About the Coronavirus
COVID-19 is a specific strand within the coronavirus family spread to humans through a large seafood and live animal market, according to CDC. This virus began in Wuhan, China Dec. 1 and has expanded to over 83,000 total cases with more than 2,800 deaths to 53 countries including the United States, Italy, South Korea, Japan and Singapore.
The United States currently has 65 reported cases, according to the New York Times; three new cases emerged on Friday in California, Oregon and Washington State. The three new cases can’t be explained by international travel or contact with another person with the disease, as the previous cases could, as reported by the Times. The closest case to Vanderbilt is in Illinois.
The World Health Organization (WHO) updated the threat level of a global risk to “very high” from “high” on Feb. 28. The CDC considers the immediate health risk to the general American public as “low,” but the risk to an individual person is based on exposure.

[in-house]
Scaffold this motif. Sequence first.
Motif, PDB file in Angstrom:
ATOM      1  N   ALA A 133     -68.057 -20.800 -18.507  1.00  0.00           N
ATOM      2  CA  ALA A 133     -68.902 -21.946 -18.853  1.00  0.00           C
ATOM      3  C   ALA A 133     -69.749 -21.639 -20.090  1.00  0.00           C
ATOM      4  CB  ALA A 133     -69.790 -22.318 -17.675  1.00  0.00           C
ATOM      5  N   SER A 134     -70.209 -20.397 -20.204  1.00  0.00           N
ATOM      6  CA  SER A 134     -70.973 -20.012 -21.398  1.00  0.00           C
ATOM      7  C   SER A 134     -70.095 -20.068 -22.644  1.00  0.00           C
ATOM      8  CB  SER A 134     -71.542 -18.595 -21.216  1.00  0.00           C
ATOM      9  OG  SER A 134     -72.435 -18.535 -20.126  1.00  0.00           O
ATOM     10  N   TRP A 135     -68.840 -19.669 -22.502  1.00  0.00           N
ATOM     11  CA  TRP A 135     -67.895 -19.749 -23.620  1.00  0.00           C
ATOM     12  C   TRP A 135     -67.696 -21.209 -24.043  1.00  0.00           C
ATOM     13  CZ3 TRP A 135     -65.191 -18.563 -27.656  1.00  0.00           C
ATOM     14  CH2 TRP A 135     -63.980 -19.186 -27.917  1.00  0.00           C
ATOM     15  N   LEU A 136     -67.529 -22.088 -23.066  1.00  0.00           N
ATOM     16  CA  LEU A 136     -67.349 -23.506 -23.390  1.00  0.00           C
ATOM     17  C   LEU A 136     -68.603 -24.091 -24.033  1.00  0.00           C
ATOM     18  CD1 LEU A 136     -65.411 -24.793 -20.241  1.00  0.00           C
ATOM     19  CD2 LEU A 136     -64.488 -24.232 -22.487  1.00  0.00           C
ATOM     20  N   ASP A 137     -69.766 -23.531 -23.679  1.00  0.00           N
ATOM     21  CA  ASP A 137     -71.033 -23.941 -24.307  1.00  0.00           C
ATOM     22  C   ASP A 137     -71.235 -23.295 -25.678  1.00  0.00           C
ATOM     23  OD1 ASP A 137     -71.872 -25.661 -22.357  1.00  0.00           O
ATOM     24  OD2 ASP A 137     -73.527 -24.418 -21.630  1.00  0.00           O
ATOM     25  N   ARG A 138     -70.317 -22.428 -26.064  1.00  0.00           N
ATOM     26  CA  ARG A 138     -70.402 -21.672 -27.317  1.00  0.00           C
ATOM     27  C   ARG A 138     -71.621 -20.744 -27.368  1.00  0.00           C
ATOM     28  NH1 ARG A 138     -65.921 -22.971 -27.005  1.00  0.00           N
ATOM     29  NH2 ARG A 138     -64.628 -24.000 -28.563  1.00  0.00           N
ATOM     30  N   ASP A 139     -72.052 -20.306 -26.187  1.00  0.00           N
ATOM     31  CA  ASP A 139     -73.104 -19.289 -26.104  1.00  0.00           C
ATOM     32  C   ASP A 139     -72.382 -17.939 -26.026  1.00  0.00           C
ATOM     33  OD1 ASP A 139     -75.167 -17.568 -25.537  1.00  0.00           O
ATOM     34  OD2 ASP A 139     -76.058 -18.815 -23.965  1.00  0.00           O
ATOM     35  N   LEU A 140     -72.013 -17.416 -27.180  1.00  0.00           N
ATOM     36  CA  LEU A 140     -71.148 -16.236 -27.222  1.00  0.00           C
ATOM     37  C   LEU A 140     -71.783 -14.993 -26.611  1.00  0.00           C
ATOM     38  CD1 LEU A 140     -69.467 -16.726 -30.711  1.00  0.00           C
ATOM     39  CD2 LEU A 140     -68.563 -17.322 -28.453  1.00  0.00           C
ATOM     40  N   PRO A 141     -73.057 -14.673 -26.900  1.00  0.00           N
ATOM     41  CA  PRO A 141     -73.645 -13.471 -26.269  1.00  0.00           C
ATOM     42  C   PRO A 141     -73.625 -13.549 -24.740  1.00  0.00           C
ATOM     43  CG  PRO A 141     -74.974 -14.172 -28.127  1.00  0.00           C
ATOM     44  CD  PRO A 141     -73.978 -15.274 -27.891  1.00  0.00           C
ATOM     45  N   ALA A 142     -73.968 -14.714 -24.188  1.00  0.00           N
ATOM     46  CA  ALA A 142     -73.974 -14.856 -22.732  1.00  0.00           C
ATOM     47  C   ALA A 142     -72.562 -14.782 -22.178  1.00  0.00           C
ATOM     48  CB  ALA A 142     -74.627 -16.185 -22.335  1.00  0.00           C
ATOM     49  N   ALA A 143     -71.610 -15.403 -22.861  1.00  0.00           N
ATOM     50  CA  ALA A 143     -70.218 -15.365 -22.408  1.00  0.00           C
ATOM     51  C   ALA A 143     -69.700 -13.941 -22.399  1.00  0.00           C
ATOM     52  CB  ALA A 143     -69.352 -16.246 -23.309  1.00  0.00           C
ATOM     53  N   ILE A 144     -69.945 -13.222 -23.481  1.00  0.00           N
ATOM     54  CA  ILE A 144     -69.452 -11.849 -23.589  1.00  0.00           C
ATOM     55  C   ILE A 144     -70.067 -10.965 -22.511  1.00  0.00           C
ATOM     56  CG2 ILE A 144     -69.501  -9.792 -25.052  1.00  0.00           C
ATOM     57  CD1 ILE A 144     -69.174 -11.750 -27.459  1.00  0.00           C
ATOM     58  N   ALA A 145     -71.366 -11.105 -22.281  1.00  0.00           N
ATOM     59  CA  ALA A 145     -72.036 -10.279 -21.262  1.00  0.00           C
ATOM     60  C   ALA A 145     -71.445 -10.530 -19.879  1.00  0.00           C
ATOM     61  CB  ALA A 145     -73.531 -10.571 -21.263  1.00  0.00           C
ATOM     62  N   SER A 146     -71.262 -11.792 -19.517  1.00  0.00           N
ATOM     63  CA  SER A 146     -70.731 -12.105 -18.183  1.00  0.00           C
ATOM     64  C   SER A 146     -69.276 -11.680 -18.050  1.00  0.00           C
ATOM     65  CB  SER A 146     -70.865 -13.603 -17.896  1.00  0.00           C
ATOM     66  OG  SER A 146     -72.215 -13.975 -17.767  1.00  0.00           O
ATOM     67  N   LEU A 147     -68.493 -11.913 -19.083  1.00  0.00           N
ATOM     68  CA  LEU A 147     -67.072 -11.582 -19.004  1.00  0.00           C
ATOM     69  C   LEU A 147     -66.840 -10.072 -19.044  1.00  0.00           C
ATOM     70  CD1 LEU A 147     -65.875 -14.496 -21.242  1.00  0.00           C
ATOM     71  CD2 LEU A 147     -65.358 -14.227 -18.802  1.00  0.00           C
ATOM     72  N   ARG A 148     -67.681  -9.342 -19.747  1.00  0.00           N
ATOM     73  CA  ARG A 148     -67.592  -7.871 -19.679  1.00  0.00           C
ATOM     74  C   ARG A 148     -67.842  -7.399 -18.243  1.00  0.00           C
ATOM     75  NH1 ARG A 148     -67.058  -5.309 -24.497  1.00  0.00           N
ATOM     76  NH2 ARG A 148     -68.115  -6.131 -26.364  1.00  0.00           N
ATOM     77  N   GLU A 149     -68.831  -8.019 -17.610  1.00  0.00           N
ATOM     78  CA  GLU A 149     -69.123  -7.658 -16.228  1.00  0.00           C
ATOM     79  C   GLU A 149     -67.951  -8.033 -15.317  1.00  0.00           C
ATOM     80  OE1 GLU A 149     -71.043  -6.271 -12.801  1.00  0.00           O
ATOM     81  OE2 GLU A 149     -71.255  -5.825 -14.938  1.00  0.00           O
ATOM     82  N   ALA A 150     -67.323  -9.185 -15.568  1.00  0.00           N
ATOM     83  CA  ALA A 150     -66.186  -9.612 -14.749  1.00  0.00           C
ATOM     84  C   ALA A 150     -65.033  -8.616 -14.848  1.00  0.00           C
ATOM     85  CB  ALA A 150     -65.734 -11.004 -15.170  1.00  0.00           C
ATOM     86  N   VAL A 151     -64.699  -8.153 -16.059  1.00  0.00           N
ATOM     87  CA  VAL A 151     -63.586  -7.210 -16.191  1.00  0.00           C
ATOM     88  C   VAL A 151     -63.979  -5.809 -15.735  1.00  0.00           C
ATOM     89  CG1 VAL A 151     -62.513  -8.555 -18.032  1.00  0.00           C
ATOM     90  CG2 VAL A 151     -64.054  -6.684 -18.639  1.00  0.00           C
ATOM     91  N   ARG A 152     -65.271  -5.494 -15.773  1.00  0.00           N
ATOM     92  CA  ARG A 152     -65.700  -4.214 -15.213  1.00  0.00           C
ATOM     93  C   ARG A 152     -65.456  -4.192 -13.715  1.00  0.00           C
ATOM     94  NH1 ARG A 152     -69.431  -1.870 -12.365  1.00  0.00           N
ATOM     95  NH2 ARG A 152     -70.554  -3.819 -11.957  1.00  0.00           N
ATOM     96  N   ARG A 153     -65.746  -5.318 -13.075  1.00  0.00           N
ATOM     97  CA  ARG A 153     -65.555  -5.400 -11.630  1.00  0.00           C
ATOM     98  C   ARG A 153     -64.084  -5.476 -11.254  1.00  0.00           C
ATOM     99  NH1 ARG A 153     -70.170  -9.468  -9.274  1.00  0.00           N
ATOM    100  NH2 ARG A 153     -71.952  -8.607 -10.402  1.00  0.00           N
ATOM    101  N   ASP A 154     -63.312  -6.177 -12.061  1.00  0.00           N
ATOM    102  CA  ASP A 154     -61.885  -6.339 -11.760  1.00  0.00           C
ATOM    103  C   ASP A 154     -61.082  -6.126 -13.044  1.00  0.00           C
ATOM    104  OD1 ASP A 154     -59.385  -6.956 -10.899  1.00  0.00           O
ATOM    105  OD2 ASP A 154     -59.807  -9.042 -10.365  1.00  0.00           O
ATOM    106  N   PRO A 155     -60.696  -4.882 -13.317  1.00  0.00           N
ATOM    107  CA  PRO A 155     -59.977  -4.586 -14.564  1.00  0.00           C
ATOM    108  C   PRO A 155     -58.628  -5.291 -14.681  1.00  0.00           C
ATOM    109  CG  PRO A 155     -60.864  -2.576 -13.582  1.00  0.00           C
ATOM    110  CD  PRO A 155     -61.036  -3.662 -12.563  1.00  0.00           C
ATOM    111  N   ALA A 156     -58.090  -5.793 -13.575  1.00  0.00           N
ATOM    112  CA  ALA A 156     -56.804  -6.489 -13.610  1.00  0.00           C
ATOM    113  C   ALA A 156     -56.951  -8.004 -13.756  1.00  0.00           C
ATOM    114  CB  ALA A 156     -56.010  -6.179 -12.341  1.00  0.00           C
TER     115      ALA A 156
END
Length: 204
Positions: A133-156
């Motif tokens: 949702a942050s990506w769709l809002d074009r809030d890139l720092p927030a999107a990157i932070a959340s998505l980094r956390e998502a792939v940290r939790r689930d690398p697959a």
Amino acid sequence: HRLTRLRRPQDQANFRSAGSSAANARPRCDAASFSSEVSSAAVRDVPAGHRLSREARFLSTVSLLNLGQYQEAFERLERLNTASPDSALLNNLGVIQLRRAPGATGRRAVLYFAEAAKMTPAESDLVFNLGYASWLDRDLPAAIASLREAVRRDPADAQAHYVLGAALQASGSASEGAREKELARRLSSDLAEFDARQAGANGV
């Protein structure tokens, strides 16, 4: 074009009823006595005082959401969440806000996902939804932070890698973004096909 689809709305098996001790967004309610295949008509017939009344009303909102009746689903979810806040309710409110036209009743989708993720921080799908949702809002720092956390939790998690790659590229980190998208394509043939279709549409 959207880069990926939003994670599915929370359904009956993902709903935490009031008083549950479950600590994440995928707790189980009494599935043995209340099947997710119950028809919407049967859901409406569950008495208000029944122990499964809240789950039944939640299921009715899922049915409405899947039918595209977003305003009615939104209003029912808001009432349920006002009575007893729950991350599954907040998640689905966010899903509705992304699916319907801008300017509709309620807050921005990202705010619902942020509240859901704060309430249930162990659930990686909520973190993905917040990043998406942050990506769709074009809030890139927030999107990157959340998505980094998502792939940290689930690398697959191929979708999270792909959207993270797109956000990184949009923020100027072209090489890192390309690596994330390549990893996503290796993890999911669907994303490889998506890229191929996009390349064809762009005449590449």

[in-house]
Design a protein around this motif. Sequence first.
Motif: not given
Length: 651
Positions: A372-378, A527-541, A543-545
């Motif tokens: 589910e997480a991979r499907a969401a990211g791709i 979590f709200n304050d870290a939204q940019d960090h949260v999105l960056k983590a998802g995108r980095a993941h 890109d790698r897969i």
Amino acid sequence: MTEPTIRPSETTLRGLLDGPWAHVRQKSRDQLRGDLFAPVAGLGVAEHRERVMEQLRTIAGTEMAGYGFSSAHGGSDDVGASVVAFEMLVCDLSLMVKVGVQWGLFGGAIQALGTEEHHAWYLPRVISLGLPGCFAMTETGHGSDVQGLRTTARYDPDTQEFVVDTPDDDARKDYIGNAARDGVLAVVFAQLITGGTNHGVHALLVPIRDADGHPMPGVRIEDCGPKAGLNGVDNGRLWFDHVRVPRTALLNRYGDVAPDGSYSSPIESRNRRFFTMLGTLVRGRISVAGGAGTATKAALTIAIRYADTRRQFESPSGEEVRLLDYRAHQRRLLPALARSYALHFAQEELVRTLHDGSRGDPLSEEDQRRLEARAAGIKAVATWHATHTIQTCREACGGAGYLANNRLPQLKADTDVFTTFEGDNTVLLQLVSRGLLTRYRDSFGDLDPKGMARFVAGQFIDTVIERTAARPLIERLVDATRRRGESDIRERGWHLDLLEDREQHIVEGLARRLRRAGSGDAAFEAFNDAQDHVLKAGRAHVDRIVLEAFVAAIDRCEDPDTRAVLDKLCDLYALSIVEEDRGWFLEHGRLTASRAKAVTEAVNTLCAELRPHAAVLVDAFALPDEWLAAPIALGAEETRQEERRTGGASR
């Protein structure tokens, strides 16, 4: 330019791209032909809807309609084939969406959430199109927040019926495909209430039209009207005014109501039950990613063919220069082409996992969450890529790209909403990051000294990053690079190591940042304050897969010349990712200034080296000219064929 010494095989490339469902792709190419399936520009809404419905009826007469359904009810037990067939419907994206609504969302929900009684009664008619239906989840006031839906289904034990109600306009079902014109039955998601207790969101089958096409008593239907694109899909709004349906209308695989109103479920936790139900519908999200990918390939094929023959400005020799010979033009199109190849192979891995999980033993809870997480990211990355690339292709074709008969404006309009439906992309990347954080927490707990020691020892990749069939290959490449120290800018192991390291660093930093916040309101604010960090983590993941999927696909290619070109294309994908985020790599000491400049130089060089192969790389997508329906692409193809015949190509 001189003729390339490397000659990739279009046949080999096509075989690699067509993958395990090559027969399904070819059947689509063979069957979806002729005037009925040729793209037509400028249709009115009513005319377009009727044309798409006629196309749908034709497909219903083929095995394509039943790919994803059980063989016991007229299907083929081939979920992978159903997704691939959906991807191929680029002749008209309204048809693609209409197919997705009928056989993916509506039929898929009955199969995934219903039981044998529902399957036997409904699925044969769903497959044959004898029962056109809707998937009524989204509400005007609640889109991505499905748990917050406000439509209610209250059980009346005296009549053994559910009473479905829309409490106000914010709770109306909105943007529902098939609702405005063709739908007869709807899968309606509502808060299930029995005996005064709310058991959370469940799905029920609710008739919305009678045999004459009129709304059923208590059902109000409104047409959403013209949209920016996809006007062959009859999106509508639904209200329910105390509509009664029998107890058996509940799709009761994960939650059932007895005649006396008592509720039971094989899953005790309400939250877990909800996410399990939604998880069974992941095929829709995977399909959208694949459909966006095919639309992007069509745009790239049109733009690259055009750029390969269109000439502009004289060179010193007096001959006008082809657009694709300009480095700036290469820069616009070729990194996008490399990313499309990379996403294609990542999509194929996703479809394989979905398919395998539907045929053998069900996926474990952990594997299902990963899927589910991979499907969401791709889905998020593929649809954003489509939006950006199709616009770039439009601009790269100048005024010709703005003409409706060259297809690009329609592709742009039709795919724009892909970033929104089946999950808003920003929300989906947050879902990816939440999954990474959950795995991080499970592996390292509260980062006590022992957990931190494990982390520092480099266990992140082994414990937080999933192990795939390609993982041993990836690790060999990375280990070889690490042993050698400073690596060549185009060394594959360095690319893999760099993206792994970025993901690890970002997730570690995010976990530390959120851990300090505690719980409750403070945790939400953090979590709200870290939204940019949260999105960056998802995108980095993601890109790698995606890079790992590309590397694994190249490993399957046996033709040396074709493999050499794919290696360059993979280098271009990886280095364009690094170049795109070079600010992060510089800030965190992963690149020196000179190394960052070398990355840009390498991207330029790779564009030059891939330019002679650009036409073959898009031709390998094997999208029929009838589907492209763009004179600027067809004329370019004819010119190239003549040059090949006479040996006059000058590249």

The four countries with the most coronavirus cases following China are Italy, Japan, Iran and South Korea, each holding a CDC Level 3 (Avoid Nonessential Travel) warning except for Japan. Italy currently has 889 coronavirus cases and 21 deaths. South Korea has over 2900 confirmed cases, with 13 deaths. Iran has 388 confirmed cases, with 34 deaths. Japan, the country with a CDC designation of warning Level 2, has 933 cases, with 8 deaths.
Vanderbilt’s Policy Escalation
The Dean of Students Office’s email sent Feb. 28 marks an escalation in the university’s response to the globalization of the coronavirus. The email requires students to report travel to the four countries to the university and to self-isolate upon return.
The Chancellor’s Feb. 25 email initially asked community members to reconsider travel to China and South Korea and also asked those individuals traveling to these countries to self-isolate for 14 days. The now-required 14-day self-isolation for students traveling or passing through China, South Korea, Italy or Iran must take place off-campus. Students’ self-isolation can take place in family homes in the U.S. or off-campus apartments, according to the email. Should residents not have family in the U.S., the email directed them to contact the Office of Housing and Residential Experiences at least 72 hours before coming to campus.